We often talk here about BARJ, or Balanced and Restorative Justice. That there’s no victimless crime, and sometimes they find, either in their writing or their drawing, that they hurt somebody–because when you draw something about your life and you look at it and you think how it impacted you, they also think, well I may have done the exact same thing if it was somebody else who was impacted.

Ellissa: I wanted to ask you about the mural that’s in the gymnasium. We thought the students would go with an athletic quote or a sports quote, but they chose instead: “Do not go where the path may lead, go instead where there is no path and leave a trail.” – Ralph Waldo Emerson .”

Mr. Nelson: They have their own mind, they have a value system, they have care and they have dignity. If you just give them a little opportunity to express it, they will. They’re really great at what they do–they’re intelligent, they’re bright, they’re giving, they’re understanding, and they’re probably more forgiving than we are, and we could take a lot from them. It’s so important to get their feedback because it impacts them, their self-esteem, their understanding, there’s self-esteem and then there’s that confidence and belief that you can accomplish anything. If there’s a kid in a unit that can draw really well, every kid feels happy because they have that kid with them that can draw. They’re like: look he’s on our team, and our picture’s going to be better because of it.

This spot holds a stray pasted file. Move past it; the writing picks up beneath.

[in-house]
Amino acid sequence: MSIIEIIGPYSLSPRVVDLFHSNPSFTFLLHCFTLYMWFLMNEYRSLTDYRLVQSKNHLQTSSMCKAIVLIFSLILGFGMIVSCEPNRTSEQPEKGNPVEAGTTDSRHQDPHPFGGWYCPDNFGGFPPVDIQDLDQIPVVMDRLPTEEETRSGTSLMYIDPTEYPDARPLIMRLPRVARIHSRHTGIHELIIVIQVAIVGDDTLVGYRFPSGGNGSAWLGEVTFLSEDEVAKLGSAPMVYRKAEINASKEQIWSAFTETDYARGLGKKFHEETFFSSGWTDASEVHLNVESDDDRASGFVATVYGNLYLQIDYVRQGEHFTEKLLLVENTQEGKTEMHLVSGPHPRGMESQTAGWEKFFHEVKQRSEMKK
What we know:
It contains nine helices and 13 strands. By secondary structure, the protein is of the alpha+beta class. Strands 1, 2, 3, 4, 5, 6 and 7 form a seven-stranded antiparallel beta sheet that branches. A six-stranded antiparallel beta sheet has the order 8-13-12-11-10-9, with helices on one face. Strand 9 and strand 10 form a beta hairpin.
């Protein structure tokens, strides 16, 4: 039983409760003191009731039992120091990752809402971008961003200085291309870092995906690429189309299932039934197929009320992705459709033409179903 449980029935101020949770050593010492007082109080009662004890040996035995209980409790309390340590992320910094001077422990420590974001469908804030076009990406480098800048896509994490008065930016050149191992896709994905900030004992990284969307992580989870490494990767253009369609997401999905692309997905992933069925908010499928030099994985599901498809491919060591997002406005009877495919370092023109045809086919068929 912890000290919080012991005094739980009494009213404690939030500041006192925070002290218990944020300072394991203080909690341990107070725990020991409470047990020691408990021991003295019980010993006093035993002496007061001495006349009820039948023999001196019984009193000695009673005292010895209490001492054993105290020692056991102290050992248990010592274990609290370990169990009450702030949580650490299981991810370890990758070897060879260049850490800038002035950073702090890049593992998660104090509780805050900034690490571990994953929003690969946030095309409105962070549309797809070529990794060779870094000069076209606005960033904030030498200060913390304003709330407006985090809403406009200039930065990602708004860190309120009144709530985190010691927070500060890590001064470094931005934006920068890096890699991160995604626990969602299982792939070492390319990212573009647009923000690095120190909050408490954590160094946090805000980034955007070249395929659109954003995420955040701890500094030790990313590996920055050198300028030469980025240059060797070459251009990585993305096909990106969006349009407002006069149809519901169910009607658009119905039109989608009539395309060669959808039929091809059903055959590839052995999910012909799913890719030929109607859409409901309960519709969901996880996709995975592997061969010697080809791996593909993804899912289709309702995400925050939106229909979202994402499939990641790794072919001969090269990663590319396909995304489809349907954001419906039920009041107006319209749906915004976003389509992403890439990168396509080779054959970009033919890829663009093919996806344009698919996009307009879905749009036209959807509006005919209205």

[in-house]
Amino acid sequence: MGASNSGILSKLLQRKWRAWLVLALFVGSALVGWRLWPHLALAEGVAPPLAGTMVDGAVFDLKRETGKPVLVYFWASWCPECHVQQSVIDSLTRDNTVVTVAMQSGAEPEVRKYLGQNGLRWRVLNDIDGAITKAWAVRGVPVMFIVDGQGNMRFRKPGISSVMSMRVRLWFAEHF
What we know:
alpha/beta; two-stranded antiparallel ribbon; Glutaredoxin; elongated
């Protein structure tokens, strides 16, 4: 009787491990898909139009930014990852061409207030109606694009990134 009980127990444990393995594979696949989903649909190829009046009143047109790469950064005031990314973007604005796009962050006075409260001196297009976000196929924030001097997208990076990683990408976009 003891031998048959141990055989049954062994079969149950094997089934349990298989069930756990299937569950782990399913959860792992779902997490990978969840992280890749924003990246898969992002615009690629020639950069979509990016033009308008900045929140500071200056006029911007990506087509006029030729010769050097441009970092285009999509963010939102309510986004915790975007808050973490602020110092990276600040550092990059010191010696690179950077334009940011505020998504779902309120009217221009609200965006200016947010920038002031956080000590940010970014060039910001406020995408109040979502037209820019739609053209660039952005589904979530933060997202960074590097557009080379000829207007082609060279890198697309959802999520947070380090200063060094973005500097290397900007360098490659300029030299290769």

Carly: It sounds like it doesn’t only build self-esteem, it helps both the student and the community grow.  

Mr. Nelson: No matter where it is, what you see is, a growth kind of pulling someone out of their shell, talking more and interacting with people. When the kids are engaged, you start to see so much cooperation and interaction. One of the things our kids don’t really understand is competition without aggression and violence. With Mural Arts, they can be competitive, but they don’t need to be aggressive or violent. It helps them understand that while you can be competitive and eager to do well, but it doesn’t have to be by negating somebody else or putting somebody else down. Kids from North Philly, South Philly, they’re all in a room together cause art can cool it out.

Carly: Thank you so much, Mr. Nelson. I can’t wait to see what projects bloom up from here next!

Last updated: Jan 18, 2017